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Architecture

OutSystems

OutSystems architecture

The underlying OutSystems architecture is not apparent to the end-users of the apps, the developers creating them, or even the operations teams managing them. This article explains the architecture and how it maximizes the performance and security of applications, provides openness to continuous delivery processes, supports continuous innovation. It also demonstrates how a standard architecture is the only way to fully ensure no lock-in to a proprietary solution.

Platform Server

OutSystems Platform Server is the core of OutSystems. It is a server component that complements a standard web application server stack with a set of services.

OutSystems doesn't use a proprietary runtime engine. All applications rely on standard architectures and frameworks

OutSystems Platform Server is what makes this possible. It takes care of all the steps required to generate, optimize, compile, and deploy applications into a standard web application server, or package into a native mobile app, and has a set of specialized services under the hood:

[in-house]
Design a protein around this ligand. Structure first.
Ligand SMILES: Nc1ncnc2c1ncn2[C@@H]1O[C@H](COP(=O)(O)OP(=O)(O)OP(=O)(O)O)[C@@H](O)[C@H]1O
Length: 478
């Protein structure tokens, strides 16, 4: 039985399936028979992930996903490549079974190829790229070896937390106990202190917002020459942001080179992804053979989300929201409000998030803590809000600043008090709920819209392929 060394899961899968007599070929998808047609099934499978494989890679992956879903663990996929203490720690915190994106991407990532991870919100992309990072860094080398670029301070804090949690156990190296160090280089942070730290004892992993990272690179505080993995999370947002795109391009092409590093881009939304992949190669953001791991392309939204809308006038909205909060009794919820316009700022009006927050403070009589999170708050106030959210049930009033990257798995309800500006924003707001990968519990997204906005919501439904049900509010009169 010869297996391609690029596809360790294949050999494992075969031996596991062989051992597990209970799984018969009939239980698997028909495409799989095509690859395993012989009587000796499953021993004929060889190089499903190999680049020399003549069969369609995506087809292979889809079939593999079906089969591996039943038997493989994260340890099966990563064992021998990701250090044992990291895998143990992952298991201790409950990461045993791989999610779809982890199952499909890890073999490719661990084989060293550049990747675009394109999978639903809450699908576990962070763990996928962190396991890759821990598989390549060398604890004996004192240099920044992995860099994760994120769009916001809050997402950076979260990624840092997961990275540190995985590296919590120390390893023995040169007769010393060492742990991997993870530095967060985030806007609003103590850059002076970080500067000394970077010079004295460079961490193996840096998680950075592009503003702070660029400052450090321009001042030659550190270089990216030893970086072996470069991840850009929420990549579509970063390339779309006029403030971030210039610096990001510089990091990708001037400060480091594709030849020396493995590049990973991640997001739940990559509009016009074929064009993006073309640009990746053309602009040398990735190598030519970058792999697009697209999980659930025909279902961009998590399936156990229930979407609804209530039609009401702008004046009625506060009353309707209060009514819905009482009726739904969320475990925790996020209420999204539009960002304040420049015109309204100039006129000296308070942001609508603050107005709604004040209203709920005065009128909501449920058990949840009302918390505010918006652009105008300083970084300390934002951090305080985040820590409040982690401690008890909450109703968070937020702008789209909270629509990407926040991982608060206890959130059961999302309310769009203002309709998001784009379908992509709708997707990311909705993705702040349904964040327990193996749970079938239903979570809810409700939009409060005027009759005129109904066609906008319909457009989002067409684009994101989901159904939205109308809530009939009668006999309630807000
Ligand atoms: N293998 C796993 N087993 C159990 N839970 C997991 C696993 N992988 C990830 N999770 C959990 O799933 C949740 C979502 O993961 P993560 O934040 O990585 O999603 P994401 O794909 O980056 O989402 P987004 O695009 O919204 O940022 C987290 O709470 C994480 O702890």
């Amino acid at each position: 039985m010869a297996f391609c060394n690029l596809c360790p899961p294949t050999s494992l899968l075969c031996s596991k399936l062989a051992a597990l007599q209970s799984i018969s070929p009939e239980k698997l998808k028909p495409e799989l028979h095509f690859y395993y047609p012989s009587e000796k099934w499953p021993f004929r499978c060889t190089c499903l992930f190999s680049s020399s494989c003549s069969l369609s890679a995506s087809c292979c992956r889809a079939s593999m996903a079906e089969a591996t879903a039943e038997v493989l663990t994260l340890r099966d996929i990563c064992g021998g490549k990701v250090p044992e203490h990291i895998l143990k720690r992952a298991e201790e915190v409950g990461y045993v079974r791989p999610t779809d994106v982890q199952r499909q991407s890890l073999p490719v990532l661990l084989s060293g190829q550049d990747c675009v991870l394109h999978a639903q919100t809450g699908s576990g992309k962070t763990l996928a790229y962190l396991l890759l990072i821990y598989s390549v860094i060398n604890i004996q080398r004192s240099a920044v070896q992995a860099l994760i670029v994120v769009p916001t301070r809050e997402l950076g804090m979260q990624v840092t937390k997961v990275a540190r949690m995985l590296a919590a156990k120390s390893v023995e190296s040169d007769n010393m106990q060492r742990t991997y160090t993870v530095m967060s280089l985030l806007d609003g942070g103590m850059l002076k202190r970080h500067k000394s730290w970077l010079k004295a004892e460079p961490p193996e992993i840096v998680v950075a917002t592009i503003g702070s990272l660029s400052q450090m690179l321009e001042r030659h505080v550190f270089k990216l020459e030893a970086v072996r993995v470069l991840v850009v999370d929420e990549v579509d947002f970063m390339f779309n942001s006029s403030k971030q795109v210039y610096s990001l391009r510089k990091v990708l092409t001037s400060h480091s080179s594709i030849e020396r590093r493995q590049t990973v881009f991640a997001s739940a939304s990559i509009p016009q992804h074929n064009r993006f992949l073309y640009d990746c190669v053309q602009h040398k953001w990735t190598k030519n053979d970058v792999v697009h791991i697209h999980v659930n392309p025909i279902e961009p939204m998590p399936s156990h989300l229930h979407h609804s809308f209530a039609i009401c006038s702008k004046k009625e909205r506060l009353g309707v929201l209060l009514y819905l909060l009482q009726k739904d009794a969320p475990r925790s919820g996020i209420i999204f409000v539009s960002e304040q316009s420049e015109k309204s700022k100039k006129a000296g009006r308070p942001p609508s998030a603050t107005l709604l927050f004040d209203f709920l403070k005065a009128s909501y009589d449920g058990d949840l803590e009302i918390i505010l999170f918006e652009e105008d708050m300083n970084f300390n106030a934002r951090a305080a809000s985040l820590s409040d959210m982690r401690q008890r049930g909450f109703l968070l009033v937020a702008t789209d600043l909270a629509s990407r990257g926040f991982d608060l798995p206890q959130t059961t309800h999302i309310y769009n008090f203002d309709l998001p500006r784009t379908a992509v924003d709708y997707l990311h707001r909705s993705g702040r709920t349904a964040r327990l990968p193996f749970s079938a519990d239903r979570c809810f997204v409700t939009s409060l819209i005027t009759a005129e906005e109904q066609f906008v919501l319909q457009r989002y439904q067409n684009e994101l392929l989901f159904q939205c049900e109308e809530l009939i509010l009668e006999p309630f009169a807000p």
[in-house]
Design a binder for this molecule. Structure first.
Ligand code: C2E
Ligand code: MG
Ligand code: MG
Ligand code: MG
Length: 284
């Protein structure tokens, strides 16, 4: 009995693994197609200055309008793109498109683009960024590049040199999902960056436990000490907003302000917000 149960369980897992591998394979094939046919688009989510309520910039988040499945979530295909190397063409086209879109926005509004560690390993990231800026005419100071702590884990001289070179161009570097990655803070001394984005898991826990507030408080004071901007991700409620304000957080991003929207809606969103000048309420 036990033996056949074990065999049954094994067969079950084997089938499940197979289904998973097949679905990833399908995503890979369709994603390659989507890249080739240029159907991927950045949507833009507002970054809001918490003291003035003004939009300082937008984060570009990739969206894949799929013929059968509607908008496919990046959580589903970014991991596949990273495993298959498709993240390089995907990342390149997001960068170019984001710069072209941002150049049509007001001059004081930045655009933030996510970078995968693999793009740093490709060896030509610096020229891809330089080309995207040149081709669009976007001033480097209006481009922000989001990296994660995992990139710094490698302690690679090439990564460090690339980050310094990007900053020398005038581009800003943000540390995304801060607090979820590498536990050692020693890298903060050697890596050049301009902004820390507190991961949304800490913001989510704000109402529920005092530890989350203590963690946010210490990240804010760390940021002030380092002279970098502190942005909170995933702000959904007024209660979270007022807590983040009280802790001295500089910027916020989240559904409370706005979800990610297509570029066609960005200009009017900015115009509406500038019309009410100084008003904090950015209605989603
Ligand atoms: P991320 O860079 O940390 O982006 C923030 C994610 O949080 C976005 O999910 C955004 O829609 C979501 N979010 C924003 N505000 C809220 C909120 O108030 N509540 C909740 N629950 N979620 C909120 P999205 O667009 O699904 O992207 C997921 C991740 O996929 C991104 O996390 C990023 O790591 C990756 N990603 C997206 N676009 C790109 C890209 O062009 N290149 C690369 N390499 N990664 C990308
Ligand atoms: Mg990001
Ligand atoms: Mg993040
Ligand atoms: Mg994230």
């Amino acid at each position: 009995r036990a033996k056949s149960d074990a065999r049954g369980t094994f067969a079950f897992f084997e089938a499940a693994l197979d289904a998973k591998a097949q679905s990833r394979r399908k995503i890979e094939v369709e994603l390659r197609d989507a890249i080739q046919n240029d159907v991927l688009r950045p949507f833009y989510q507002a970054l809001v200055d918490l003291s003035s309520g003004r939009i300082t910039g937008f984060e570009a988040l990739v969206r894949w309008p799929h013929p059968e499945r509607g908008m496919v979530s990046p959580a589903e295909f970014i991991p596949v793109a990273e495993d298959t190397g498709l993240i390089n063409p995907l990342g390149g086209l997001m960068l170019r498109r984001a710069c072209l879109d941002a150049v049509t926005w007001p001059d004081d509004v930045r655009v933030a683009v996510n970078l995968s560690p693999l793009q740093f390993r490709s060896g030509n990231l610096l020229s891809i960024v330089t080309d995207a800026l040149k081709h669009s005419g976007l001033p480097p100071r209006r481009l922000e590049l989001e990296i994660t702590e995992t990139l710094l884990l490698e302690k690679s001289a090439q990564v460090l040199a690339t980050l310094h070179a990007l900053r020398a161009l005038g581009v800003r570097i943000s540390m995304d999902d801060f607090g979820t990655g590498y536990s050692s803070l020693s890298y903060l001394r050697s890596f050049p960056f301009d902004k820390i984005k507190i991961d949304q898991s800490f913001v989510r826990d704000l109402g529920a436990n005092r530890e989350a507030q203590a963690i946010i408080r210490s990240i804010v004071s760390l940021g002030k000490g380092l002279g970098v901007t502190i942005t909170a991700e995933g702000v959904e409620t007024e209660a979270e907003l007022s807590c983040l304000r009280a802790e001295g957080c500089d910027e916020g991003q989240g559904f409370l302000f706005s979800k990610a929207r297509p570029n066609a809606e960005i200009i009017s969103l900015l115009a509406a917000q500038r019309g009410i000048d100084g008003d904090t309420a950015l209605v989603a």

• Code generator: This takes the application modeled in the visual editor and generates, compiles and assembles standard applications, secured and optimized for performance, running on top of standard technologies.

  • Deployment services: These deploy the generated applications to a standard web application server, ensuring that your application is consistently installed on each front-end of your server farm / cloud infrastructure.

  • Application services: These manage the execution of scheduled batch jobs, and provide asynchronous logging services to store events like errors, audits and performance metrics.